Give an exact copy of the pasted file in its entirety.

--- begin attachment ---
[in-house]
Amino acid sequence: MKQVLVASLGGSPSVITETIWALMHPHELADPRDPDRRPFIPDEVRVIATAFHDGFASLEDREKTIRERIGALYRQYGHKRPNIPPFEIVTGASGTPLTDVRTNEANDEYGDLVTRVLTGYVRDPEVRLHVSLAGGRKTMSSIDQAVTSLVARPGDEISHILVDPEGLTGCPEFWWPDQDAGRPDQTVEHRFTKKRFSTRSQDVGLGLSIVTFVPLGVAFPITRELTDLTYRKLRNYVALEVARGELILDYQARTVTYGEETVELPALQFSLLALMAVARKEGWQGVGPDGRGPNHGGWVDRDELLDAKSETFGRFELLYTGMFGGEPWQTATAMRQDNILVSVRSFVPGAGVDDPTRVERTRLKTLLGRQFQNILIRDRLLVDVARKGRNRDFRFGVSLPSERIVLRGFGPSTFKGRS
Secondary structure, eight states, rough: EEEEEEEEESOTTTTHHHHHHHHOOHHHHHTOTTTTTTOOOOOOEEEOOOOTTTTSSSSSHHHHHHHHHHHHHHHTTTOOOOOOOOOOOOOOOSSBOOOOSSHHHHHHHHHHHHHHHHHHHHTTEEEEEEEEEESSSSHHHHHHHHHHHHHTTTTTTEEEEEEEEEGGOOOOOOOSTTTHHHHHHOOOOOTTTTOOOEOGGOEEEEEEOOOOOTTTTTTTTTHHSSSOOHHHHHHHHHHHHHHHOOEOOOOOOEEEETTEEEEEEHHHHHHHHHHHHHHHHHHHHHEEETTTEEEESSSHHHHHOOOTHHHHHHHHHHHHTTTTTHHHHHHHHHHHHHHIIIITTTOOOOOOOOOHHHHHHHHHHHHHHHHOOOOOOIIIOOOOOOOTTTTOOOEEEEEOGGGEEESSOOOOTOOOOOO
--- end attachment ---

[in-house]
Amino acid sequence: MKQVLVASLGGSPSVITETIWALMHPHELADPRDPDRRPFIPDEVRVIATAFHDGFASLEDREKTIRERIGALYRQYGHKRPNIPPFEIVTGASGTPLTDVRTNEANDEYGDLVTRVLTGYVRDPEVRLHVSLAGGRKTMSSIDQAVTSLVARPGDEISHILVDPEGLTGCPEFWWPDQDAGRPDQTVEHRFTKKRFSTRSQDVGLGLSIVTFVPLGVAFPITRELTDLTYRKLRNYVALEVARGELILDYQARTVTYGEETVELPALQFSLLALMAVARKEGWQGVGPDGRGPNHGGWVDRDELLDAKSETFGRFELLYTGMFGGEPWQTATAMRQDNILVSVRSFVPGAGVDDPTRVERTRLKTLLGRQFQNILIRDRLLVDVARKGRNRDFRFGVSLPSERIVLRGFGPSTFKGRS
Secondary structure, eight states, rough: EEEEEEEEESOTTTTHHHHHHHHOOHHHHHTOTTTTTTOOOOOOEEEOOOOTTTTSSSSSHHHHHHHHHHHHHHHTTTOOOOOOOOOOOOOOOSSBOOOOSSHHHHHHHHHHHHHHHHHHHHTTEEEEEEEEEESSSSHHHHHHHHHHHHHTTTTTTEEEEEEEEEGGOOOOOOOSTTTHHHHHHOOOOOTTTTOOOEOGGOEEEEEEOOOOOTTTTTTTTTHHSSSOOHHHHHHHHHHHHHHHOOEOOOOOOEEEETTEEEEEEHHHHHHHHHHHHHHHHHHHHHEEETTTEEEESSSHHHHHOOOTHHHHHHHHHHHHTTTTTHHHHHHHHHHHHHHIIIITTTOOOOOOOOOHHHHHHHHHHHHHHHHOOOOOOIIIOOOOOOOTTTTOOOEEEEEOGGGEEESSOOOOTOOOOOO